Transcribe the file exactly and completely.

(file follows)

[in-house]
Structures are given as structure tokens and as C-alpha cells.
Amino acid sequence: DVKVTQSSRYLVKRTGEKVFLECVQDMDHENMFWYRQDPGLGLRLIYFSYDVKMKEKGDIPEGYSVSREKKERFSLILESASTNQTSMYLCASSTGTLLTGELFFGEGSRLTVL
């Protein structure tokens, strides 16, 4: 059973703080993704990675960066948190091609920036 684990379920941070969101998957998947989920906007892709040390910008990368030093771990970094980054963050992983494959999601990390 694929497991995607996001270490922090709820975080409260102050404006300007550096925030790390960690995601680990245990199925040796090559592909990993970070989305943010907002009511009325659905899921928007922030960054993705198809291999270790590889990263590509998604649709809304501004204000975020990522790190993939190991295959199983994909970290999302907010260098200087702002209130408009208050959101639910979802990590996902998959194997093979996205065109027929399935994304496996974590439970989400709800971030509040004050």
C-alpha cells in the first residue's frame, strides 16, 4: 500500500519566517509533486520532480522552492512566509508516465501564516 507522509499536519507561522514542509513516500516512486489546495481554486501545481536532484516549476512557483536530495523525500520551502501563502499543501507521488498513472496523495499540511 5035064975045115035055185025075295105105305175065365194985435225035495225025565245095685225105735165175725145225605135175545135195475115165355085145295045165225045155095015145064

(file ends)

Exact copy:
[in-house]
Structures are given as structure tokens and as C-alpha cells.
Amino acid sequence: DVKVTQSSRYLVKRTGEKVFLECVQDMDHENMFWYRQDPGLGLRLIYFSYDVKMKEKGDIPEGYSVSREKKERFSLILESASTNQTSMYLCASSTGTLLTGELFFGEGSRLTVL
């Protein structure tokens, strides 16, 4: 059973703080993704990675960066948190091609920036 684990379920941070969101998957998947989920906007892709040390910008990368030093771990970094980054963050992983494959999601990390 694929497991995607996001270490922090709820975080409260102050404006300007550096925030790390960690995601680990245990199925040796090559592909990993970070989305943010907002009511009325659905899921928007922030960054993705198809291999270790590889990263590509998604649709809304501004204000975020990522790190993939190991295959199983994909970290999302907010260098200087702002209130408009208050959101639910979802990590996902998959194997093979996205065109027929399935994304496996974590439970989400709800971030509040004050």
C-alpha cells in the first residue's frame, strides 16, 4: 500500500519566517509533486520532480522552492512566509508516465501564516 507522509499536519507561522514542509513516500516512486489546495481554486501545481536532484516549476512557483536530495523525500520551502501563502499543501507521488498513472496523495499540511 5035064975045115035055185025075295105105305175065365194985435225035495225025565245095685225105735165175725145225605135175545135195475115165355085145295045165225045155095015145064